Admittedly, this proposed approach is available in only that portion of the growing volume of parallel actions in which the foreign court has already made a decision about its own jurisdiction. Significantly, the proposed approach does not require complete deference to the foreign decision if considerations of fairness and justice persuade the local court to let the local action continue. Thus the order introduced into the problem of parallel actions will not satisfy those who prefer absolutely certain rules (assuming such phenomena exist) but it will modify the complete uncertainty resulting from the decisions in Teck and Lepine.
Forum Shopping and Parallel Actions
Before addressing the source and operation of the principles which are the foundation of the proposed approach, a few words need to be said about parallel actions and the spectre of forum shopping which inevitably raises its head in connection with parallel actions. Put very simply, parallel actions are those involving the same parties and the same causes of action and which have been commenced in two or more jurisdictions. The fact that the action has been commenced in more than one jurisdiction engenders accusations of forum shopping.
'Forum shopping' is a dirty word; but it is only a pejorative way of saying that, if you offer a plaintiff a choice of jurisdictions, he will naturally choose the one in which he thinks his case can be most favourably presented: this should be a matter neither for surprise nor indignation. (16) Undoubtedly, parties will sometimes attempt to gain an unfair advantage by commencing an action in a forum which has no connection with the action but it is far more common for there to be a genuine disagreement, objectively and subjectively, about which forum is more suitable for the action.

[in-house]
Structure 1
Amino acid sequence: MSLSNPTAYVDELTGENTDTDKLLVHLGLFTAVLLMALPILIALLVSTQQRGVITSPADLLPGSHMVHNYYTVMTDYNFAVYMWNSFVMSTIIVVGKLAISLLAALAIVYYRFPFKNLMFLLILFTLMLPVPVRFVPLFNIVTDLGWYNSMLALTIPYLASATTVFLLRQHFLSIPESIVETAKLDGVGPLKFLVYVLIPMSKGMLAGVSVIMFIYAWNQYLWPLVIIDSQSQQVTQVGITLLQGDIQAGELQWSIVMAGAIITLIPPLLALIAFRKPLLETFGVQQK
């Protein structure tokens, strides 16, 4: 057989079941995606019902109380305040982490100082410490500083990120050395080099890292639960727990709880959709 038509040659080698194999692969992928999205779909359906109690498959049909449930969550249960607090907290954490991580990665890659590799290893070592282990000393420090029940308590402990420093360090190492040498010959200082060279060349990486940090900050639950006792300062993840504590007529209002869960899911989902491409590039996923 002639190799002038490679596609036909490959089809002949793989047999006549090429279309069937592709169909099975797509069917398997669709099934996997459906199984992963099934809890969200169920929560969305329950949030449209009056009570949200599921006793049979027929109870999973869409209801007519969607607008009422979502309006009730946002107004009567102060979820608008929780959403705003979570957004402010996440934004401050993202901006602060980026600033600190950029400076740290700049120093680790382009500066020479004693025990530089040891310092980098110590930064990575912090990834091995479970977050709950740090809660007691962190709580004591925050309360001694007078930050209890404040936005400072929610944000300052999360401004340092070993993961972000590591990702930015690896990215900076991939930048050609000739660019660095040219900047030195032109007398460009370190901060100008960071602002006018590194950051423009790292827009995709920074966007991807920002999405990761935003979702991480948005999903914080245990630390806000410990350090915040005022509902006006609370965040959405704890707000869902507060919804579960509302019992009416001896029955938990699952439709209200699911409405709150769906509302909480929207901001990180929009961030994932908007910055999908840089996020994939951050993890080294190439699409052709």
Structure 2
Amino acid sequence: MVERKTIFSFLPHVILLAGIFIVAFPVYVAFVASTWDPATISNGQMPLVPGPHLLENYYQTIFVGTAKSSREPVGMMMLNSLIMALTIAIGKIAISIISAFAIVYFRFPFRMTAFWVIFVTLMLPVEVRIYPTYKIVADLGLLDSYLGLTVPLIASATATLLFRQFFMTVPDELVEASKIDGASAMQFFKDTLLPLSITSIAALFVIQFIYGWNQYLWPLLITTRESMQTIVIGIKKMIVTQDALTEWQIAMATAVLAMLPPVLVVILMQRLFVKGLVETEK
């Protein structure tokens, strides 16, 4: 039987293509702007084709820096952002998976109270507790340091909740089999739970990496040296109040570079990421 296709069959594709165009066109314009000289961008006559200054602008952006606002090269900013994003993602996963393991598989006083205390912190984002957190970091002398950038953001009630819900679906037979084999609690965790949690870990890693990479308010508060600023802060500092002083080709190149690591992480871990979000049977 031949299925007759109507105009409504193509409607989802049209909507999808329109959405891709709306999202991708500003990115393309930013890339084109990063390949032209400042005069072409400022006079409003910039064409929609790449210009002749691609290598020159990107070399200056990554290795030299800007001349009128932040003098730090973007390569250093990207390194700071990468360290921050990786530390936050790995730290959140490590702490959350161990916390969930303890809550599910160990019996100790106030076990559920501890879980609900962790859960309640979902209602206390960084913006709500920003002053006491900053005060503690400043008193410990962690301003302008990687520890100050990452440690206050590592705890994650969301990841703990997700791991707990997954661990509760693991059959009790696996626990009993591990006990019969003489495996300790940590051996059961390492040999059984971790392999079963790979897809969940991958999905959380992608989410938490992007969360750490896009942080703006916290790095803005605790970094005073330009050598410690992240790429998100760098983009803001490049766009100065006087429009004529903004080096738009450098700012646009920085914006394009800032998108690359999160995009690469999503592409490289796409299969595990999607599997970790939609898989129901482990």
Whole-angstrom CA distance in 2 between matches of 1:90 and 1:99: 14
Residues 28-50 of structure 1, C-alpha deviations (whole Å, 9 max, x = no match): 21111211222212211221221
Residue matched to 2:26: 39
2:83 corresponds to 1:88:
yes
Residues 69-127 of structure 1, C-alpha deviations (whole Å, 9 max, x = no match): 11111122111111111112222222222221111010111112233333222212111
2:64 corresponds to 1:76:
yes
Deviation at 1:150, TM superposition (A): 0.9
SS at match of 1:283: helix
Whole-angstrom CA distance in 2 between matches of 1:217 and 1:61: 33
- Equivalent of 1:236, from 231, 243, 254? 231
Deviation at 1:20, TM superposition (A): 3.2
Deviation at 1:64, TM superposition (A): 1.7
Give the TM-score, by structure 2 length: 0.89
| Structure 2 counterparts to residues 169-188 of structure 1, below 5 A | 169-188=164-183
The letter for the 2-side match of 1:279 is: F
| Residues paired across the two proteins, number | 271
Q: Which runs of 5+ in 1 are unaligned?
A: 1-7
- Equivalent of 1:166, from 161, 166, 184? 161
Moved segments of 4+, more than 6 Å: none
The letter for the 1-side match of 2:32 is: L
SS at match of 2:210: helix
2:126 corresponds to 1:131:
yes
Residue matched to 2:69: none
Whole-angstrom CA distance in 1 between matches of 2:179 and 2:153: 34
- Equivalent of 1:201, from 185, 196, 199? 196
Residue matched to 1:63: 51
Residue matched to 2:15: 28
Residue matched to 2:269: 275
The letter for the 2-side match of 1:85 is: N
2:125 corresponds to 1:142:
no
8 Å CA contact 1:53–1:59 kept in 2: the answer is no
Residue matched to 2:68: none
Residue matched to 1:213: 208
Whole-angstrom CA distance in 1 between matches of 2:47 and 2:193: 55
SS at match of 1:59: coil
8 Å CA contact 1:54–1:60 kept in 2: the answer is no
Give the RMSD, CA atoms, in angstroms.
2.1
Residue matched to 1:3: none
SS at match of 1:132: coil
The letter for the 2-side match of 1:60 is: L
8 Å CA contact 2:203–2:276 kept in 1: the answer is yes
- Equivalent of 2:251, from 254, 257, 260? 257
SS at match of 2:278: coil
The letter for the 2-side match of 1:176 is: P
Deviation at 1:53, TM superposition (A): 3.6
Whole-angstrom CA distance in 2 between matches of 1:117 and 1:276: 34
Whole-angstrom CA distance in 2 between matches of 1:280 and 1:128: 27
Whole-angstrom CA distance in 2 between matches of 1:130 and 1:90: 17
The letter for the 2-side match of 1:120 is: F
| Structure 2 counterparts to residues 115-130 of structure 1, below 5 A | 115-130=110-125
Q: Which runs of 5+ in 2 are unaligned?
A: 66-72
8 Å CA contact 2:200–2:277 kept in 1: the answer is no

Frequently, there is no single forum that is clearly the most convenient or appropriate for the trial of the action but rather several which are equally suitable alternatives. (17) No presumption arises automatically, therefore, from the simple existence of parallel actions that one or other of the parties is forum shopping in the pejorative sense in order to gain an unfair advantage.
Foum Non Conveniens and Parallel Actions
Most common law jurisdictions limit the wide territorial jurisdiction they claim by application of the doctrine of forum non conveniens. (18) That doctrine is available both when the defendant is served within the jurisdiction and when the defendant is served outside the jurisdiction. (19) Both the formulation of the principles governing the doctrine and the list of relevant factors for consideration have evolved over the years, especially in connection with use of the doctrine following service within the jurisdiction.
The result of the application of any discretionary principle is difficult to predict and the application of the doctrine of forum non conveniens is no different. The situations in which the doctrine of forum non conveniens may be invoked by a party seeking a stay of the local action can be sorted into three categories of ascending degrees of difficulty.
First is the situation in which the only jurisdiction in which an action has been commenced is the forum.